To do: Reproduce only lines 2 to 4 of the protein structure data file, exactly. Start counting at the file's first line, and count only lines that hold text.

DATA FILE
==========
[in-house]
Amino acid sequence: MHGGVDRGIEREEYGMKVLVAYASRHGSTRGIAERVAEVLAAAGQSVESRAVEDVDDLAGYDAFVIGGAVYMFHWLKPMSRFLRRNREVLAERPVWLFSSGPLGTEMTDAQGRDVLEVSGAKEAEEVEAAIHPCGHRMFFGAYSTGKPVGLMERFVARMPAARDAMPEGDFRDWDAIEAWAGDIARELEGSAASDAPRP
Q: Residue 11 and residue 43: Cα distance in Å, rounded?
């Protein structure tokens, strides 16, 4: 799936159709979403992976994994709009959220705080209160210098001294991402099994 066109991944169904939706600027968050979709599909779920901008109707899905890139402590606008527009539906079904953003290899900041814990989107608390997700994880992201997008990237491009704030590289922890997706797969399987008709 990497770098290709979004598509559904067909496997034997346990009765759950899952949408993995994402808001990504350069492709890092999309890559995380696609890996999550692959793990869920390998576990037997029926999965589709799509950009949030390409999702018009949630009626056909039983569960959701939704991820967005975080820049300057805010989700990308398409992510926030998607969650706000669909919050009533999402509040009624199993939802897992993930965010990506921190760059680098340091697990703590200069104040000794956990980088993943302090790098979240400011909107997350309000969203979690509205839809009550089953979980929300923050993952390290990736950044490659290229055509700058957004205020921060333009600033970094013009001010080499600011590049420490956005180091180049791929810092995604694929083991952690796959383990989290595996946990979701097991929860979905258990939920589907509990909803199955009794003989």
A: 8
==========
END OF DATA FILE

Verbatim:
Amino acid sequence: MHGGVDRGIEREEYGMKVLVAYASRHGSTRGIAERVAEVLAAAGQSVESRAVEDVDDLAGYDAFVIGGAVYMFHWLKPMSRFLRRNREVLAERPVWLFSSGPLGTEMTDAQGRDVLEVSGAKEAEEVEAAIHPCGHRMFFGAYSTGKPVGLMERFVARMPAARDAMPEGDFRDWDAIEAWAGDIARELEGSAASDAPRP
Q: Residue 11 and residue 43: Cα distance in Å, rounded?
């Protein structure tokens, strides 16, 4: 799936159709979403992976994994709009959220705080209160210098001294991402099994 066109991944169904939706600027968050979709599909779920901008109707899905890139402590606008527009539906079904953003290899900041814990989107608390997700994880992201997008990237491009704030590289922890997706797969399987008709 990497770098290709979004598509559904067909496997034997346990009765759950899952949408993995994402808001990504350069492709890092999309890559995380696609890996999550692959793990869920390998576990037997029926999965589709799509950009949030390409999702018009949630009626056909039983569960959701939704991820967005975080820049300057805010989700990308398409992510926030998607969650706000669909919050009533999402509040009624199993939802897992993930965010990506921190760059680098340091697990703590200069104040000794956990980088993943302090790098979240400011909107997350309000969203979690509205839809009550089953979980929300923050993952390290990736950044490659290229055509700058957004205020921060333009600033970094013009001010080499600011590049420490956005180091180049791929810092995604694929083991952690796959383990989290595996946990979701097991929860979905258990939920589907509990909803199955009794003989």